Feature Article - August 2008
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Safety First

Proactive Approaches Prevent Problems

By Dana Carman



Rebuilding Playgrounds for All
Bringing Play Back to New Orleans

You can put all the best risk management resources in place—spend the money, hire the staff, prepare for disaster—but Mother Nature, for all her goodness, can deal the harshest—and final—blow. Hurricanes Katrina and Rita ripped apart the Gulf Coast in 2005, and cities are still rebuilding.

But with so much devastation, how could anyone be thinking about building playgrounds?

In December 2005, KaBOOM! led its first community-build playground project in the regions affected by the hurricane as part of Operation Playground—an initiative to build 100 playgrounds in the areas hardest hit by the storms.

"When we announced our intention to launch Operation Playground, people said, 'That's crazy, they don't need playgrounds,'" said Sarah Pinsky, director of Operation Playground. "We did stop to consider that. But when we talked to those in the Gulf Coast, those who were displaced, they said, 'We need playgrounds. We need some place for our kids to go and be kids, where they can have fun and be safe and interact with other kids.'"

Key to the concept is the term "community build." While the playgrounds may seem like they're just for kids, it's also the adults who benefit—both from the sense of community building it provides and the sense of normalcy that watching children play on it represents.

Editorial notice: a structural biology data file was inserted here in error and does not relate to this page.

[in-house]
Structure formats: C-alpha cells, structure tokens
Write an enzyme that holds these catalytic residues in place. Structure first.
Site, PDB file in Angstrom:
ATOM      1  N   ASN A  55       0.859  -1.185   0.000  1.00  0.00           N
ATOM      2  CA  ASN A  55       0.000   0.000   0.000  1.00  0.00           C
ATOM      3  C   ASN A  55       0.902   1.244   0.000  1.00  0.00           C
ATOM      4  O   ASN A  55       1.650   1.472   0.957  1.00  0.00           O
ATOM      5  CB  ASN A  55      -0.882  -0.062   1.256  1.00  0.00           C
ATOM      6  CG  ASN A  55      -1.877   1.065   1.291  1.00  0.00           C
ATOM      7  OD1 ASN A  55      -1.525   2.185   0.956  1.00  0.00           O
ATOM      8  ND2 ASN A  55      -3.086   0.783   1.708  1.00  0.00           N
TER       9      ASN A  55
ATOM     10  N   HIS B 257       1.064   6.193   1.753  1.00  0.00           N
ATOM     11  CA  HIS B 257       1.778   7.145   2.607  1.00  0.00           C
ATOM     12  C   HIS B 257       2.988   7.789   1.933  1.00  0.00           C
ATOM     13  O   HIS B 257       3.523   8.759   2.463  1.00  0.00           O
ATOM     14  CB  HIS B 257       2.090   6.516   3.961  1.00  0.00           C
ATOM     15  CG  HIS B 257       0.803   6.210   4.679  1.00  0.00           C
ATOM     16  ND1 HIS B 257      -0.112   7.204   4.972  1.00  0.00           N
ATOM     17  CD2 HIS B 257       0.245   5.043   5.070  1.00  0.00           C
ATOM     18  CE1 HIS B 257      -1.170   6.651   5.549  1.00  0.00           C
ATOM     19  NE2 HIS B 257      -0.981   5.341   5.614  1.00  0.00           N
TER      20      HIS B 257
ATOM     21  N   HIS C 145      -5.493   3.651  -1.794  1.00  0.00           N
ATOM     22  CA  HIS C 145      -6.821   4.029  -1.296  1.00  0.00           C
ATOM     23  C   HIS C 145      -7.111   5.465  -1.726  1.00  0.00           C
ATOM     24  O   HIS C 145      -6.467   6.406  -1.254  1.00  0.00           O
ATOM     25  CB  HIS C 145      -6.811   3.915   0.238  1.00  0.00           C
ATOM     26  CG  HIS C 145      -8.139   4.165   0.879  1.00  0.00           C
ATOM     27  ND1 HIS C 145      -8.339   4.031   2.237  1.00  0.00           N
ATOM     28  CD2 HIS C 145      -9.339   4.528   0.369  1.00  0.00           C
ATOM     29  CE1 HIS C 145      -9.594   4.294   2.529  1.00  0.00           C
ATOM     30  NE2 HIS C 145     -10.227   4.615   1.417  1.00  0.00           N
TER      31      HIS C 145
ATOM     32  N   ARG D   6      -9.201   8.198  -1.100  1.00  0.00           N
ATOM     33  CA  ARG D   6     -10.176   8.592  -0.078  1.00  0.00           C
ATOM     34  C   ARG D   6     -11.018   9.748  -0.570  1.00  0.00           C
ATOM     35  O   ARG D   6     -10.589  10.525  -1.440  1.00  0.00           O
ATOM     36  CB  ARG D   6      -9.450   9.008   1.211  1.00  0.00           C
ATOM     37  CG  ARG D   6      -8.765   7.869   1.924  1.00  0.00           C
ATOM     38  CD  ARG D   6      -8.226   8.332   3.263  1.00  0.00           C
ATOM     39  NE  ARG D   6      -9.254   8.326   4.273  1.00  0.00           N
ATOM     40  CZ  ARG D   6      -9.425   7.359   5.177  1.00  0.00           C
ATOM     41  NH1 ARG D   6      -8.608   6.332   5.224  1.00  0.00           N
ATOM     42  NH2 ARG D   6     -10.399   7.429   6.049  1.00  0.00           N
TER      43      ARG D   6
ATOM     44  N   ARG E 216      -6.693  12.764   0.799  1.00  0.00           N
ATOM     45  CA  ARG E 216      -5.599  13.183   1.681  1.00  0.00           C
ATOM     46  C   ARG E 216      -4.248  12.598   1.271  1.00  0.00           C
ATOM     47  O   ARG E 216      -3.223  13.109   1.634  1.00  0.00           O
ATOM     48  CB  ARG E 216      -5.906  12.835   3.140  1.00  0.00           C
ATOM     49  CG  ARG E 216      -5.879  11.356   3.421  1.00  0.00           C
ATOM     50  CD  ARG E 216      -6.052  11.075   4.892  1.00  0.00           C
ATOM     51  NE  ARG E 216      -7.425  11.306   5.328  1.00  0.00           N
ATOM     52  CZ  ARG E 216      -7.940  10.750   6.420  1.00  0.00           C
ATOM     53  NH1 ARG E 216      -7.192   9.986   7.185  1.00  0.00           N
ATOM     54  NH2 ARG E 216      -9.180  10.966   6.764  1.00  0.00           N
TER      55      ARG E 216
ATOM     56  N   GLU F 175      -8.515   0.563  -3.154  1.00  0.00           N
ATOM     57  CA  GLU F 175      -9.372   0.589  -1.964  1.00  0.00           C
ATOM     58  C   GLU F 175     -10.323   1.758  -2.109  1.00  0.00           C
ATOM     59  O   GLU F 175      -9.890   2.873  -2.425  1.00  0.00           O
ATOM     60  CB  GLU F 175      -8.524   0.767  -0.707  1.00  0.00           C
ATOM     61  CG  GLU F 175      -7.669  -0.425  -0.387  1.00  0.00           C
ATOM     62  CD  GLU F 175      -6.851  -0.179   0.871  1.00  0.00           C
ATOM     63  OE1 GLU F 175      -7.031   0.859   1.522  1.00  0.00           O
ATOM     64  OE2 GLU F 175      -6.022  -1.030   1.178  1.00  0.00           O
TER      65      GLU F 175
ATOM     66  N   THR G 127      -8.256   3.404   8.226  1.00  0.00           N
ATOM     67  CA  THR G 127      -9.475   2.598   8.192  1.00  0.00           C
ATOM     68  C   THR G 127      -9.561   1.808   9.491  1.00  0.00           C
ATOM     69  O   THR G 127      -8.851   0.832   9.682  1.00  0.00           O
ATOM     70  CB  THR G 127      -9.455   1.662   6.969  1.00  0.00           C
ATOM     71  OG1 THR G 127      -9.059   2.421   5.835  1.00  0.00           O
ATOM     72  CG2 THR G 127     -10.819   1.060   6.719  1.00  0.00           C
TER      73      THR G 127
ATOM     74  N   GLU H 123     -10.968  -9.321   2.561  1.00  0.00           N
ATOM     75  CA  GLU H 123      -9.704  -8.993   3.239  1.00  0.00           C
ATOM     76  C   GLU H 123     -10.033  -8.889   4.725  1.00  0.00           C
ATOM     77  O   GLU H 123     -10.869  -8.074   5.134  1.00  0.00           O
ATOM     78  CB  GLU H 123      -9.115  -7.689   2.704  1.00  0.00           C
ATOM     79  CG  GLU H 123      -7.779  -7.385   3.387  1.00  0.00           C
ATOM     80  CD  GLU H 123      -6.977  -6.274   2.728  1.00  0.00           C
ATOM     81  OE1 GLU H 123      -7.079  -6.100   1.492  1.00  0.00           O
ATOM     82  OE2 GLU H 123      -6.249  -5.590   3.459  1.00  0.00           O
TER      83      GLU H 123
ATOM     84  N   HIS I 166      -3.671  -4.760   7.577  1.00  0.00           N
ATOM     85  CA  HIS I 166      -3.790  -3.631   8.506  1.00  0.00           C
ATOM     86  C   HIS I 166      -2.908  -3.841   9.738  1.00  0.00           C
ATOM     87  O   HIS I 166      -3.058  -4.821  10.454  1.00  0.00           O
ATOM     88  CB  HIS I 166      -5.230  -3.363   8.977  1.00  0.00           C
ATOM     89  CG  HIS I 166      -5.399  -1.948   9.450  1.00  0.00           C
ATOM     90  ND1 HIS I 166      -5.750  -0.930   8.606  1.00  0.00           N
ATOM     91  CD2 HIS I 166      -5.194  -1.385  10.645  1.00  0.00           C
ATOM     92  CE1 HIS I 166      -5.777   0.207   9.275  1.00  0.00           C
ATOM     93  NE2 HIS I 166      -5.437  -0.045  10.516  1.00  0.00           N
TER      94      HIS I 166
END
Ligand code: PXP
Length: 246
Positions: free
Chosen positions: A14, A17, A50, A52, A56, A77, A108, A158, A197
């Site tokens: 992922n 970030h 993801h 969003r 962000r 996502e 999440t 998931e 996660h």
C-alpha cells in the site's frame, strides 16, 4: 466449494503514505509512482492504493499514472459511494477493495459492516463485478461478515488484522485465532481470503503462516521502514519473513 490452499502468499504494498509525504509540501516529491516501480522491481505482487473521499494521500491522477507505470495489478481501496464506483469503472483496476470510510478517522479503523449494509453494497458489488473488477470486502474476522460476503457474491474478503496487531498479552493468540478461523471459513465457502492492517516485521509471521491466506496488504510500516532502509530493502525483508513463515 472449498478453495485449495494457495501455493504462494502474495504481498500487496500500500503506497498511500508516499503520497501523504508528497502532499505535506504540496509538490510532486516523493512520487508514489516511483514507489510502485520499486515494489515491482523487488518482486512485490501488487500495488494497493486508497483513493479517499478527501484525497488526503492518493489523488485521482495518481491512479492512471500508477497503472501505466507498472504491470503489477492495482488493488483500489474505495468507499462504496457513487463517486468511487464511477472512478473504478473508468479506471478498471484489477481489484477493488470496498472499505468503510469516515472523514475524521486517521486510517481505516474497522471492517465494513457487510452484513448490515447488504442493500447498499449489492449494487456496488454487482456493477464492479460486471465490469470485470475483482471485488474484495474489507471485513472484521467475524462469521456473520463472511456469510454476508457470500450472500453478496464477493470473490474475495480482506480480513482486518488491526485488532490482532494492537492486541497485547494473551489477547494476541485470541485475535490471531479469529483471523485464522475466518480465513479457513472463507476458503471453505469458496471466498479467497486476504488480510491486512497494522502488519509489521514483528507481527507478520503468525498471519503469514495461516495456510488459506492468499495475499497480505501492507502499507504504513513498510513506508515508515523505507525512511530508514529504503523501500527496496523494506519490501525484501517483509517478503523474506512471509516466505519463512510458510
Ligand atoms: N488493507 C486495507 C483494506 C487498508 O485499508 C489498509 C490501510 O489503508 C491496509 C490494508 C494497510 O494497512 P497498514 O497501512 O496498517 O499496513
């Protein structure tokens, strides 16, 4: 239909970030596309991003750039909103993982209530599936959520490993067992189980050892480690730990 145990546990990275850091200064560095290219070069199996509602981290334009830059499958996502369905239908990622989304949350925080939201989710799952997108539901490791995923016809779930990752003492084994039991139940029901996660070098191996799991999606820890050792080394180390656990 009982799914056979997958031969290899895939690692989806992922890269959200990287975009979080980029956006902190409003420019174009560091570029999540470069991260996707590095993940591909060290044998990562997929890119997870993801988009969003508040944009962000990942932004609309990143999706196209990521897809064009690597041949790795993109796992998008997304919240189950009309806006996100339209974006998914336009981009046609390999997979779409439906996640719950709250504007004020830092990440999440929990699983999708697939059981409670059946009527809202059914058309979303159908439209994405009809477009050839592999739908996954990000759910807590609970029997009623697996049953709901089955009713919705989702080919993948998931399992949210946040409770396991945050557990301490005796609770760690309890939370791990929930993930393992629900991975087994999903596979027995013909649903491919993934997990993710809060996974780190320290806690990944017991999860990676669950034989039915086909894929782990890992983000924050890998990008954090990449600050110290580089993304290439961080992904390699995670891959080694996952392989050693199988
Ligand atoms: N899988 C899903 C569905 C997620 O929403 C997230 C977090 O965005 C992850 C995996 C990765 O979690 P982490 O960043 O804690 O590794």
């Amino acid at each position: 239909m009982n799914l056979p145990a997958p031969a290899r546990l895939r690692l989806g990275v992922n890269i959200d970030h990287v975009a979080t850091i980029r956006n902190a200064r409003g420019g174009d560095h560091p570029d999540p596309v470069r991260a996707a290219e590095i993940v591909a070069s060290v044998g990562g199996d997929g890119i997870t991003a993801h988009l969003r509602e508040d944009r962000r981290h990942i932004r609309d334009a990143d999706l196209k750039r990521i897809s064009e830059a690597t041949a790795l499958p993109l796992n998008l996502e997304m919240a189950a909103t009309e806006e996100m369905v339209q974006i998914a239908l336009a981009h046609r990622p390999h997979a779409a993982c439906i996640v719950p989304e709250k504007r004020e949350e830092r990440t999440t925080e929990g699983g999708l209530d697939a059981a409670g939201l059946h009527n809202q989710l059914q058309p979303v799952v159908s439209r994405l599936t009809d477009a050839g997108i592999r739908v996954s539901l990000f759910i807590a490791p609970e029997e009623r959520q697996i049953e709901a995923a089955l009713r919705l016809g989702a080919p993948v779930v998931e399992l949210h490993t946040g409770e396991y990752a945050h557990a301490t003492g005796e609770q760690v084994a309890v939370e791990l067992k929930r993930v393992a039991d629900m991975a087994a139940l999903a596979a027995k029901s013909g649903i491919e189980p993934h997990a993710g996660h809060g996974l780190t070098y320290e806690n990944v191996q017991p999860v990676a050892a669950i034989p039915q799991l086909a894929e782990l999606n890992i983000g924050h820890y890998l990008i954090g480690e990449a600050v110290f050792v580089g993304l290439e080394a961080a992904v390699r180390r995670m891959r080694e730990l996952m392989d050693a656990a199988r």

"All of our projects start with the kids," Pinsky said. "All KaBOOM! projects are designed by kids, planned by community members and built by community members in one day."

Through sponsor partnerships with sponsors, the organization has directed $8.2 million into the Gulf Coast region and mobilized more than 21,000 volunteers and just recently completed that 100th playground, as promised.

"We're not leaving the Gulf Coast now that we've hit our goal," Pinsky said. Two more playgrounds were slated for the area just before press time, and projects are scheduled through December. "There's ongoing need, and more communities are coming along and getting stronger," Pinsky said.

In the wake of unimaginable devastation, rays of hope shine brightly. Playgrounds built by communities still struggling to recover and filled with the sounds of children's laughter are one such ray of hope. "I think what happened in the Gulf Coast after Katrina and Rita—the strong desire to have parks and playgrounds—it's a great testament to the importance parks and playgrounds play in communities," Pinsky said.

To learn more about how you can help or get your community involved, visit www.kaboom.org.